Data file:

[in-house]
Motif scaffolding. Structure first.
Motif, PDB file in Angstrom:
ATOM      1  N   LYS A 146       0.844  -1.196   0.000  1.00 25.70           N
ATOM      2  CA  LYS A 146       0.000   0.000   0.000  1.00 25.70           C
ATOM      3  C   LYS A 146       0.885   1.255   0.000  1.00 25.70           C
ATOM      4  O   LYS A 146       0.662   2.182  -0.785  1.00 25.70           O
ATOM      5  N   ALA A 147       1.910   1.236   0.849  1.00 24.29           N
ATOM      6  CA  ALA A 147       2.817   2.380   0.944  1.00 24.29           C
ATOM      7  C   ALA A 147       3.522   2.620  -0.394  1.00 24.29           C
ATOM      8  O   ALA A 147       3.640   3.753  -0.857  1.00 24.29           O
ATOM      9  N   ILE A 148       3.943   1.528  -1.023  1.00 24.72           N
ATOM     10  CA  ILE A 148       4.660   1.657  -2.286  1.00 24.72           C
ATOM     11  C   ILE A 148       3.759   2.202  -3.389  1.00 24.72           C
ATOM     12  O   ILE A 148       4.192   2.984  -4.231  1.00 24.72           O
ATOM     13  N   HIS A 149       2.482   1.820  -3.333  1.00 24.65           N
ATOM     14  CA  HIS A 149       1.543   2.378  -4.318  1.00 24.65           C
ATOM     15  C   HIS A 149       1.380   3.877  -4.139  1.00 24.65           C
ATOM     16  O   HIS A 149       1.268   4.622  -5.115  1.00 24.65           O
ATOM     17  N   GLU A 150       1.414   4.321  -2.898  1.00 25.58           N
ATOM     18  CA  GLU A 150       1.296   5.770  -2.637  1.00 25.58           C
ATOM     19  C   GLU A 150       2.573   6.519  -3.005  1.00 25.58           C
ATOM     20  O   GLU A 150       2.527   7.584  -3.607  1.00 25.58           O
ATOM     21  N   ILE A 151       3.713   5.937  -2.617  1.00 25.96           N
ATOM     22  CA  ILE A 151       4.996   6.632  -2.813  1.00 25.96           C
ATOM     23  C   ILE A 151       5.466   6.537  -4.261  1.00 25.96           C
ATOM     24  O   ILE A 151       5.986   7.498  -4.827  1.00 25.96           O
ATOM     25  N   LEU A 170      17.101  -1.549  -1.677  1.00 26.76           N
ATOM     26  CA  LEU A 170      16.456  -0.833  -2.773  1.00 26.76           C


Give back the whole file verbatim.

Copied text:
[in-house]
Motif scaffolding. Structure first.
Motif, PDB file in Angstrom:
ATOM      1  N   LYS A 146       0.844  -1.196   0.000  1.00 25.70           N
ATOM      2  CA  LYS A 146       0.000   0.000   0.000  1.00 25.70           C
ATOM      3  C   LYS A 146       0.885   1.255   0.000  1.00 25.70           C
ATOM      4  O   LYS A 146       0.662   2.182  -0.785  1.00 25.70           O
ATOM      5  N   ALA A 147       1.910   1.236   0.849  1.00 24.29           N
ATOM      6  CA  ALA A 147       2.817   2.380   0.944  1.00 24.29           C
ATOM      7  C   ALA A 147       3.522   2.620  -0.394  1.00 24.29           C
ATOM      8  O   ALA A 147       3.640   3.753  -0.857  1.00 24.29           O
ATOM      9  N   ILE A 148       3.943   1.528  -1.023  1.00 24.72           N
ATOM     10  CA  ILE A 148       4.660   1.657  -2.286  1.00 24.72           C
ATOM     11  C   ILE A 148       3.759   2.202  -3.389  1.00 24.72           C
ATOM     12  O   ILE A 148       4.192   2.984  -4.231  1.00 24.72           O
ATOM     13  N   HIS A 149       2.482   1.820  -3.333  1.00 24.65           N
ATOM     14  CA  HIS A 149       1.543   2.378  -4.318  1.00 24.65           C
ATOM     15  C   HIS A 149       1.380   3.877  -4.139  1.00 24.65           C
ATOM     16  O   HIS A 149       1.268   4.622  -5.115  1.00 24.65           O
ATOM     17  N   GLU A 150       1.414   4.321  -2.898  1.00 25.58           N
ATOM     18  CA  GLU A 150       1.296   5.770  -2.637  1.00 25.58           C
ATOM     19  C   GLU A 150       2.573   6.519  -3.005  1.00 25.58           C
ATOM     20  O   GLU A 150       2.527   7.584  -3.607  1.00 25.58           O
ATOM     21  N   ILE A 151       3.713   5.937  -2.617  1.00 25.96           N
ATOM     22  CA  ILE A 151       4.996   6.632  -2.813  1.00 25.96           C
ATOM     23  C   ILE A 151       5.466   6.537  -4.261  1.00 25.96           C
ATOM     24  O   ILE A 151       5.986   7.498  -4.827  1.00 25.96           O
ATOM     25  N   LEU A 170      17.101  -1.549  -1.677  1.00 26.76           N
ATOM     26  CA  LEU A 170      16.456  -0.833  -2.773  1.00 26.76           C